Northern Ireland Ambulance Service has urged people to consider alternatives before calling for an ambulance, especially during the busy winter period.
NIAS said that during 2017/18, delayed turnaround times at hospitals reduced emergency ambulance cover by 72,000 hours.
In a statement the service said its focus over the winter period will be to respond to life-threatening calls as quickly as possible.
“We will do all we can to deliver the highest quality of care in the most timely manner possible,” a spokesman said.
“However, the public also have a role to play by ensuring that they contact us only when it is necessary to do so.
“We would ask the public to consider alternatives such as self-care, GP or pharmacy attendance or self-referral to ED (emergency departments) to enable us to keep ambulances free for real emergencies.”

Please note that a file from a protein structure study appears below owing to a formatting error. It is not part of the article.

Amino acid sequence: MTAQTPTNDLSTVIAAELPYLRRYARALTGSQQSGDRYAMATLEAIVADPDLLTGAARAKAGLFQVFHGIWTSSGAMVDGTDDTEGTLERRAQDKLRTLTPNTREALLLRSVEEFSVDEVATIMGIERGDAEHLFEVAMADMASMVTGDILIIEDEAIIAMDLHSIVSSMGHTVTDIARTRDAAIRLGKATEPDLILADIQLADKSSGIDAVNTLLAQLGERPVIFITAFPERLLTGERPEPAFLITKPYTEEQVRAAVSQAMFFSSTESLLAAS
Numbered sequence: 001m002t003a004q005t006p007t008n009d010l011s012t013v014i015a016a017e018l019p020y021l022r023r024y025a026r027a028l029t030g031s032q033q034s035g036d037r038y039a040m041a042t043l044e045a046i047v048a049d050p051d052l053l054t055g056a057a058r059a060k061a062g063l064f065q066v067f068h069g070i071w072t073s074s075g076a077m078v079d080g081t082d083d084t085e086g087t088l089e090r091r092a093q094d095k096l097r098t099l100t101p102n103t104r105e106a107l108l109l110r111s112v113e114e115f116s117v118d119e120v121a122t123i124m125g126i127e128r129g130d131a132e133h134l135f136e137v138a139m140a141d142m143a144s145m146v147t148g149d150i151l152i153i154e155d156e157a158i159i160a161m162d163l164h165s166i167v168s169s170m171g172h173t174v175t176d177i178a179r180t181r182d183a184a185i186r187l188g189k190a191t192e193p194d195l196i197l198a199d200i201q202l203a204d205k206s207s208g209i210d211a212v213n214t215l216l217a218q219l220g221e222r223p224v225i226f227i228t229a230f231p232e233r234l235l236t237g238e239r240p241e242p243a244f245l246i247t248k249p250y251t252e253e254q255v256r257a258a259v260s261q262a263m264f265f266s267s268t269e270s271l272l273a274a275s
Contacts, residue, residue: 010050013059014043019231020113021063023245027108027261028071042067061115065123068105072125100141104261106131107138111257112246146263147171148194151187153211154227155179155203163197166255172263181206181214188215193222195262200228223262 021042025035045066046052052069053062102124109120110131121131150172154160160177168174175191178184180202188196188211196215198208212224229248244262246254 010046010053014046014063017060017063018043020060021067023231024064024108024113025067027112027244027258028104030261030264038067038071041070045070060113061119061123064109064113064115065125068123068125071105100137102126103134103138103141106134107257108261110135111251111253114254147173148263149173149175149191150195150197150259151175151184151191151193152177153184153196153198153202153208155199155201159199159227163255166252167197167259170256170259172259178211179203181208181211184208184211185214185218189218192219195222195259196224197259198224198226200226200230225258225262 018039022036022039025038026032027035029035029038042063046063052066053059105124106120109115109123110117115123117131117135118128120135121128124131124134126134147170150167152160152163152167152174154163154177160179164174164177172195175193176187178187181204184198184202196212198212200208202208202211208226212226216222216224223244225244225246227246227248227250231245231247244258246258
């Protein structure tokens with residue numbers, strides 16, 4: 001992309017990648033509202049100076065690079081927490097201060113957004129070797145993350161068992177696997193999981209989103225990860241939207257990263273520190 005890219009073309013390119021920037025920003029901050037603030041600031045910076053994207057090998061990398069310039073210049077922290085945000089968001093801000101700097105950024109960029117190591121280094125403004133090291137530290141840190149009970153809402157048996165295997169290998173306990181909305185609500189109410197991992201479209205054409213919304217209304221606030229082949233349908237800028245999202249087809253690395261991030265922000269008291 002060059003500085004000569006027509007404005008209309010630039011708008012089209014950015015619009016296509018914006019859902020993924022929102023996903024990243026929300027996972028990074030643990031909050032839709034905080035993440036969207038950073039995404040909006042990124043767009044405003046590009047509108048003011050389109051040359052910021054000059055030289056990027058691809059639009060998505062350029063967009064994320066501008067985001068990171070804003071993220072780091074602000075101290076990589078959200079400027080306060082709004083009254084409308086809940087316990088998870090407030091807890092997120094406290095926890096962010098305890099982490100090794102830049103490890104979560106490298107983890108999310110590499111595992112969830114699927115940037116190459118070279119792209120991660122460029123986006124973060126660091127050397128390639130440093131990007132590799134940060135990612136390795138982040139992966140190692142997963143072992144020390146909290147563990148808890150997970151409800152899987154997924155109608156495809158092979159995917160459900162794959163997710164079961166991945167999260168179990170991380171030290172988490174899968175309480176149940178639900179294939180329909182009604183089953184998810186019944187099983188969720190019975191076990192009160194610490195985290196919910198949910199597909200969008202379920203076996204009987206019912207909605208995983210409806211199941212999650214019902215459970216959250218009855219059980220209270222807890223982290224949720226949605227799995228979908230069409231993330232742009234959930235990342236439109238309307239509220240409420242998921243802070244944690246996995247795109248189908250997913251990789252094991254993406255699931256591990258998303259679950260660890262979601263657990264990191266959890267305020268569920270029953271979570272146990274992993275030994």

A plea has also been made for respect for ambulance staff.
The BBC reported earlier this month that there had been 2,278 reported incidents of abuse of staff in Northern Ireland since 2012/13.
Verbal abuse or “disruption” accounted for most incidents, at 1,231, followed by physical abuse, assault or violence in 890 cases.
There were 483 incidents in 2017/18.
“We would also appeal that, at all times but particularly over the holiday period, our staff be afforded the respect they deserve and be able to attend incidents to which they have been called to deliver ambulance care, without fear of assault, either verbal or physical,” an NIAS spokesman said.
“The men and women who work for NIAS will be leaving their families over the Christmas period to serve their community and will do so with respect and dignity.
“We ask that they be afforded the same courtesies.”